The same also applies to translation CAT tools, as determining the right translation tool for the project will help expedite the translation process and help the team translate accurately and consistently while still committing to even the tightest deadlines.
Having strong communication skills and the ability to maintain a cohesive dialogue among team members is the key to effective and successful team management. By providing a clear project plan and translation workflow, a translation project manager makes sure that team members can communicate more effectively and avoid misunderstandings. This means a smoother translation process from A to Z, even for in-house, hybrid, and remote team efforts. Clearing to the whole team the project milestones and steps included and communicating the client-specific instructions will also contribute greatly to the success of the project. Before starting the project, a kick-off meeting can be held with the whole team to discuss all the project aspects, answer all the team concerns and questions, and allow the subject-matter experts to share their insights on the process. Another meeting can also be held with the client, where the project manager clarifies how the project objectives will be achieved and confirm the project deliverables and the deadline. Through these steps of clear communication, you will ensure a smoother project management experience.
Managing the quality control phase is an important element in the management process. Once the project is completely translated, your interference as a project manager comes again to choose the subject-matter experts who will run a final quality control process where the translated content is reviewed and proofread to ensure quality and, for some projects, tested on sample audiences. your end product should be content that feels naturally appealing to your target audience in the new locale, and this requires paying attention to details during the quality assurance stage.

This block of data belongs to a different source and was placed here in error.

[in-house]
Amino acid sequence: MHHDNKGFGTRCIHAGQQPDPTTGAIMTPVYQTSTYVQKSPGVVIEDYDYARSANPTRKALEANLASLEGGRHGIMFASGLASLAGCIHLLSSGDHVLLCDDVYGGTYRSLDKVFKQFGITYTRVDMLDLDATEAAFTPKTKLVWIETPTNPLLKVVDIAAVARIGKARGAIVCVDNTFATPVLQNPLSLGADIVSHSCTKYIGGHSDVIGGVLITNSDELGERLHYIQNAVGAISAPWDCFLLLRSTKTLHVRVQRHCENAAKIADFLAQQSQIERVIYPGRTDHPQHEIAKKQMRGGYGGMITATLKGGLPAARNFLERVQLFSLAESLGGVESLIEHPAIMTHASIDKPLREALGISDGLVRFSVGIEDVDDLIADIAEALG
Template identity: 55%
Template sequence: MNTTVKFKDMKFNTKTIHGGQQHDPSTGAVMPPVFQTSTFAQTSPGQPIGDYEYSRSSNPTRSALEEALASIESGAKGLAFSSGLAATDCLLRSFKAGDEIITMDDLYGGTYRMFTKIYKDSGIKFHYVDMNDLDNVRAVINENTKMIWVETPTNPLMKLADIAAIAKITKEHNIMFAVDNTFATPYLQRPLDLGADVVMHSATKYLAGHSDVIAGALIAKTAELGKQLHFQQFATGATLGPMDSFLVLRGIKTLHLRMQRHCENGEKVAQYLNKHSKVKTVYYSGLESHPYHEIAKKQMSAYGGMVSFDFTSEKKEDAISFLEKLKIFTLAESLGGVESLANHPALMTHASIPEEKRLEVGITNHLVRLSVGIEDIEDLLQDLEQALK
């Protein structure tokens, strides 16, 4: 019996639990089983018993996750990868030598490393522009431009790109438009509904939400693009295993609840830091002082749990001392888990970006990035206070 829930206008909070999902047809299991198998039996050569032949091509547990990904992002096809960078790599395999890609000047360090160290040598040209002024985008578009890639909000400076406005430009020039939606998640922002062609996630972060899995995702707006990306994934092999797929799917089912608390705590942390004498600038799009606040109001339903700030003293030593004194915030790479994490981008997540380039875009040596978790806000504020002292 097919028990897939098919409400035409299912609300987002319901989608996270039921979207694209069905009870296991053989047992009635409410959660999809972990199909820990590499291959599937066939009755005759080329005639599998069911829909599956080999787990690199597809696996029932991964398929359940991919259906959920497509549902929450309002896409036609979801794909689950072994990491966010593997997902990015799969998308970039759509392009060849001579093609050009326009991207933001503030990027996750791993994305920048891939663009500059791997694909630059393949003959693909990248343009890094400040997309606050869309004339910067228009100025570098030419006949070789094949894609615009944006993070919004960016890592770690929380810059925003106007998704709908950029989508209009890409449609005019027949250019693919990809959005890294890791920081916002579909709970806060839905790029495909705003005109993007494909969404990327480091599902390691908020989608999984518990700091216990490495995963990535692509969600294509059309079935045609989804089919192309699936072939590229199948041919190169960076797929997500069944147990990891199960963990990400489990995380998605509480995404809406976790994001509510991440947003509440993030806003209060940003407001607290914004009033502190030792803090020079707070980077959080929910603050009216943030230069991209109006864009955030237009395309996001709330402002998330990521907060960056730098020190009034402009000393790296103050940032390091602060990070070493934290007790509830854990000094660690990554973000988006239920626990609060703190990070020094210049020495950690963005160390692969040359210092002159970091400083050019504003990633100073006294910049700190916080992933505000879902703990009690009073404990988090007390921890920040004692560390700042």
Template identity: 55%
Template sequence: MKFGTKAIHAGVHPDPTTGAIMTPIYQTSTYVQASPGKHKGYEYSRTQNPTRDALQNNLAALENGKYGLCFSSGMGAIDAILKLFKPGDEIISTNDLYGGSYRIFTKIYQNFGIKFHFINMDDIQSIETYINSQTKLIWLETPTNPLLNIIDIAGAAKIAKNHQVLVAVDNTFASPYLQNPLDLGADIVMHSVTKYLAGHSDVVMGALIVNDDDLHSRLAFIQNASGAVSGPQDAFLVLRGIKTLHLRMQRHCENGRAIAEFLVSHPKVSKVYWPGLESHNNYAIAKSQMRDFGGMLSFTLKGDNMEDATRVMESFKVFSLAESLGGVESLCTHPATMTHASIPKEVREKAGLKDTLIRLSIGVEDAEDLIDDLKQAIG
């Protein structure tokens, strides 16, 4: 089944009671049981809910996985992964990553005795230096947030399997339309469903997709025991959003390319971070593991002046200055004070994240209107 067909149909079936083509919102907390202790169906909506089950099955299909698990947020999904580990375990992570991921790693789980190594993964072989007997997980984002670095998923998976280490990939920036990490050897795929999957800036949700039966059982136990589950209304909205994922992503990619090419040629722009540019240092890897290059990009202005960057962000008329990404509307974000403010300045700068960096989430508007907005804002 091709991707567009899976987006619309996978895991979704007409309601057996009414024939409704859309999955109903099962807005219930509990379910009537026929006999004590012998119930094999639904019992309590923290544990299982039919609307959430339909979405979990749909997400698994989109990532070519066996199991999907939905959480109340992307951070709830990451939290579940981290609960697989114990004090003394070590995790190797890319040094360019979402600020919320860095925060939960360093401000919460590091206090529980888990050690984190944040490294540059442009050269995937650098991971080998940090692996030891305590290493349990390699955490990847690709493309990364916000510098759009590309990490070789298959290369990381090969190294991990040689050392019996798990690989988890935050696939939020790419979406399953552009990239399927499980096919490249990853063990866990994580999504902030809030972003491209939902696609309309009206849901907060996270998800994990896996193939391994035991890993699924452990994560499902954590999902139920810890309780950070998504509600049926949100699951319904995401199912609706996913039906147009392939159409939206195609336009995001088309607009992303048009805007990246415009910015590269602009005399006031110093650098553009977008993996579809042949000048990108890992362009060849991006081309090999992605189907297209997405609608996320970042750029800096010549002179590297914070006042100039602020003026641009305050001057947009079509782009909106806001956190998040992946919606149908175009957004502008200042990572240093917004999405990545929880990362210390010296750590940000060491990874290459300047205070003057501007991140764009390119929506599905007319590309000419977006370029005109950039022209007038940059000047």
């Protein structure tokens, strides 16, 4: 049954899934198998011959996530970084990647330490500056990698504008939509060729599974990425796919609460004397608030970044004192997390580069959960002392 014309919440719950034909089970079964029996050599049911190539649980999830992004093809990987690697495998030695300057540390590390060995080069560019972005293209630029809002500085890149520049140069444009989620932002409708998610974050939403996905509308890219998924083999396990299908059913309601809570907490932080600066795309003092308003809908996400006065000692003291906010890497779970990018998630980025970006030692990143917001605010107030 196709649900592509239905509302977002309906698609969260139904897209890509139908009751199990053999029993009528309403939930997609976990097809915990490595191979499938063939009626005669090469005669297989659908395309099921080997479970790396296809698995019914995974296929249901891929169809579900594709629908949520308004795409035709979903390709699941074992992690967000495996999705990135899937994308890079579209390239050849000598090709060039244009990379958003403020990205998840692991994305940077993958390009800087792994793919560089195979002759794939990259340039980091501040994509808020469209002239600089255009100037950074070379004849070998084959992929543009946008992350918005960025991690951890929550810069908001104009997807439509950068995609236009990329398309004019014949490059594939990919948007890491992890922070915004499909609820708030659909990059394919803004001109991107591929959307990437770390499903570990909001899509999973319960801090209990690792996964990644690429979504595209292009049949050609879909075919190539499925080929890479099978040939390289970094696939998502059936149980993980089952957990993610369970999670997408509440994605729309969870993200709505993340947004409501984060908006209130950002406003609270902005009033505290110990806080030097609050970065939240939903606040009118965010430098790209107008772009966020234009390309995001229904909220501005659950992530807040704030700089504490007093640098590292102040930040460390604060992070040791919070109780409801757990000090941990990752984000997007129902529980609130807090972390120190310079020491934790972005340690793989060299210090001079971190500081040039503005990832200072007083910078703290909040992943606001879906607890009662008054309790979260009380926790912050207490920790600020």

One of the best practices to enhance your quality control strategy is by using built-in Translation Memories (TM) in the computer-assisted translation (CAT) tool used for the project. TM acts as a digital database that stores every translation completed before. Then, these stored translations can be used by your translation team in new documents, and they can automatically apply translation suggestions to identical or similar segments in the ongoing translation project. This allows your translators, reviewers, and proofreaders to achieve consistent translations effortlessly.
During the quality control stage, the specialist team should pay attention to aspects of the translated content as:
- Grammar and spelling
- Cultural Relevance and Appropriateness
- Subject matter accuracy
- Consistent terminology use
When the above four aspects are fully checked, you can rest assured that your localized content is ready to face the public.
Planning properly and setting a strong management system for the project is the key to its success. Assembling an appropriate team, managing the communication internally and with the client, developing a translation budget, and assessing the source materials to be translated are important considerations before beginning the project. The cost of translation work is usually calculated based on the source word count. Translation rates can be highly variable, depending on factors such as language combination, the complexity of the material, and the number of participants in the project. A review of the source text can eliminate issues that might be problematic during translation, and help to determine what formats and CAT tools will be used to translate. All these aspects are considered the best practices that can contribute greatly to successful translation project management.
Ultimately, LatinoBridge is a one-stop shop for your translation needs, that provides industry-leading linguistic solutions for Latin American languages; Latin American Spanish, German, Portuguese, Brazilian Portuguese, Argentine Spanish, and Aymara. Eliminate language and cultural barriers, expand your reach globally, and build customer trust with LatinoBridge translation services and its strong project management system.